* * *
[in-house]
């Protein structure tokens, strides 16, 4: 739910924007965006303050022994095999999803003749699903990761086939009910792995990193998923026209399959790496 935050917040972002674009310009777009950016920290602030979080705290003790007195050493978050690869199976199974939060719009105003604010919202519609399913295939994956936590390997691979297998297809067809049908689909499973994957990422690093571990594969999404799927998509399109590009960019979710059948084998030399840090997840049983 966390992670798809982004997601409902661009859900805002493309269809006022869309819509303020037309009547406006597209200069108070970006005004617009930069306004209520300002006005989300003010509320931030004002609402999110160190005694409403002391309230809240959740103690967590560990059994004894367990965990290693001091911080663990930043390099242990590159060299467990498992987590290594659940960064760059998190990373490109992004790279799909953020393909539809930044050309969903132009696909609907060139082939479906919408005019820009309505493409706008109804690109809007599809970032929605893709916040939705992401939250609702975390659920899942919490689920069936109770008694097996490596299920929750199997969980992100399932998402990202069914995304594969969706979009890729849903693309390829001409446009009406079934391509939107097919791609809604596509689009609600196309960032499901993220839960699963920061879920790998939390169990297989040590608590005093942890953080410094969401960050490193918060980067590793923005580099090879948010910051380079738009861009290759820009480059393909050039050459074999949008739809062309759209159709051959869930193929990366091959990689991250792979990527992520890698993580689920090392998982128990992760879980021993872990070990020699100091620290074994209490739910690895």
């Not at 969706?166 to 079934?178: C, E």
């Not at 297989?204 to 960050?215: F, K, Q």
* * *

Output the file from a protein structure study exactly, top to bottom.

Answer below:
[in-house]
């Protein structure tokens, strides 16, 4: 739910924007965006303050022994095999999803003749699903990761086939009910792995990193998923026209399959790496 935050917040972002674009310009777009950016920290602030979080705290003790007195050493978050690869199976199974939060719009105003604010919202519609399913295939994956936590390997691979297998297809067809049908689909499973994957990422690093571990594969999404799927998509399109590009960019979710059948084998030399840090997840049983 966390992670798809982004997601409902661009859900805002493309269809006022869309819509303020037309009547406006597209200069108070970006005004617009930069306004209520300002006005989300003010509320931030004002609402999110160190005694409403002391309230809240959740103690967590560990059994004894367990965990290693001091911080663990930043390099242990590159060299467990498992987590290594659940960064760059998190990373490109992004790279799909953020393909539809930044050309969903132009696909609907060139082939479906919408005019820009309505493409706008109804690109809007599809970032929605893709916040939705992401939250609702975390659920899942919490689920069936109770008694097996490596299920929750199997969980992100399932998402990202069914995304594969969706979009890729849903693309390829001409446009009406079934391509939107097919791609809604596509689009609600196309960032499901993220839960699963920061879920790998939390169990297989040590608590005093942890953080410094969401960050490193918060980067590793923005580099090879948010910051380079738009861009290759820009480059393909050039050459074999949008739809062309759209159709051959869930193929990366091959990689991250792979990527992520890698993580689920090392998982128990992760879980021993872990070990020699100091620290074994209490739910690895």
């Not at 969706?166 to 079934?178: C, E």
């Not at 297989?204 to 960050?215: F, K, Q």